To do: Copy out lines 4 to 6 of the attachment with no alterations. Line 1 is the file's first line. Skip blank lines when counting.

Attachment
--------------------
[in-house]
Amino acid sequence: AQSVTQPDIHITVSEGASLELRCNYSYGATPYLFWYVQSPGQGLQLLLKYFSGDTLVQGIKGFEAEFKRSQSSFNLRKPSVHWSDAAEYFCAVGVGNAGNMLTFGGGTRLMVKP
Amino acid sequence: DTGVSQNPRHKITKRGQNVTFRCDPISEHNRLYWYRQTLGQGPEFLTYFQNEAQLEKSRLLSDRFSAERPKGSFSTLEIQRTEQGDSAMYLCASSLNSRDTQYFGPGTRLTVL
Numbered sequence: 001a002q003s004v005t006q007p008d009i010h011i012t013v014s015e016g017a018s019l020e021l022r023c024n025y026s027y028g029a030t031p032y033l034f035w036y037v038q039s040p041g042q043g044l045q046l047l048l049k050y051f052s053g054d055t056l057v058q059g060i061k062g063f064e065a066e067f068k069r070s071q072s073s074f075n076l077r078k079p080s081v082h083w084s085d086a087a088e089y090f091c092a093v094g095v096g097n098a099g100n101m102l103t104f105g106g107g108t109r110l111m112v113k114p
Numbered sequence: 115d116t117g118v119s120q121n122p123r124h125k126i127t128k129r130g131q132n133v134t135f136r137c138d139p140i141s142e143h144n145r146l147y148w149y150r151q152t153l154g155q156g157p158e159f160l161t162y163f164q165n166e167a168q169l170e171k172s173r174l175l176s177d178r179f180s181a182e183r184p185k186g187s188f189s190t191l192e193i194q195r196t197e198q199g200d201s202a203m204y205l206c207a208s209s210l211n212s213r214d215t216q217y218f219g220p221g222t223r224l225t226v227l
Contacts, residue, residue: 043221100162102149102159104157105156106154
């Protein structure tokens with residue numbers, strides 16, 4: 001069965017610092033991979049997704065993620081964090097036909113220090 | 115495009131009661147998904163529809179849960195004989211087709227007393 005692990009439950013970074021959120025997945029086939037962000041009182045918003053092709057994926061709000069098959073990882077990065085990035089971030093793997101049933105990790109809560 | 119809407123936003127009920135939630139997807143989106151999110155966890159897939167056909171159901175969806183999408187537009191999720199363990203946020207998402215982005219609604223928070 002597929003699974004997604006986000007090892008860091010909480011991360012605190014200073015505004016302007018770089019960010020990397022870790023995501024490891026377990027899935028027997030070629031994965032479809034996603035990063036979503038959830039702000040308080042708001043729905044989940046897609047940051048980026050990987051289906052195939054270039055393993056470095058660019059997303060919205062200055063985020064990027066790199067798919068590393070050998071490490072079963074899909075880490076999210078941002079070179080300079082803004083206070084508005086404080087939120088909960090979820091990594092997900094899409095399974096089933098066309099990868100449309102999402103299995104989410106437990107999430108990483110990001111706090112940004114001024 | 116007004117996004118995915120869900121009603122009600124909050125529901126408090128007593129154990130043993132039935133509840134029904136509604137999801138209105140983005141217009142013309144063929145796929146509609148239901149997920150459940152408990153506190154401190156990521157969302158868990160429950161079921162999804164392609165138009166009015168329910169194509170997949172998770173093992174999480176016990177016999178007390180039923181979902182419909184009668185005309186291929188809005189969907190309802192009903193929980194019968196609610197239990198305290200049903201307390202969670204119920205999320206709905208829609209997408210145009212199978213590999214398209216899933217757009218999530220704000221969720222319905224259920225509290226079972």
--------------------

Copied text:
Numbered sequence: 001a002q003s004v005t006q007p008d009i010h011i012t013v014s015e016g017a018s019l020e021l022r023c024n025y026s027y028g029a030t031p032y033l034f035w036y037v038q039s040p041g042q043g044l045q046l047l048l049k050y051f052s053g054d055t056l057v058q059g060i061k062g063f064e065a066e067f068k069r070s071q072s073s074f075n076l077r078k079p080s081v082h083w084s085d086a087a088e089y090f091c092a093v094g095v096g097n098a099g100n101m102l103t104f105g106g107g108t109r110l111m112v113k114p
Numbered sequence: 115d116t117g118v119s120q121n122p123r124h125k126i127t128k129r130g131q132n133v134t135f136r137c138d139p140i141s142e143h144n145r146l147y148w149y150r151q152t153l154g155q156g157p158e159f160l161t162y163f164q165n166e167a168q169l170e171k172s173r174l175l176s177d178r179f180s181a182e183r184p185k186g187s188f189s190t191l192e193i194q195r196t197e198q199g200d201s202a203m204y205l206c207a208s209s210l211n212s213r214d215t216q217y218f219g220p221g222t223r224l225t226v227l
Contacts, residue, residue: 043221100162102149102159104157105156106154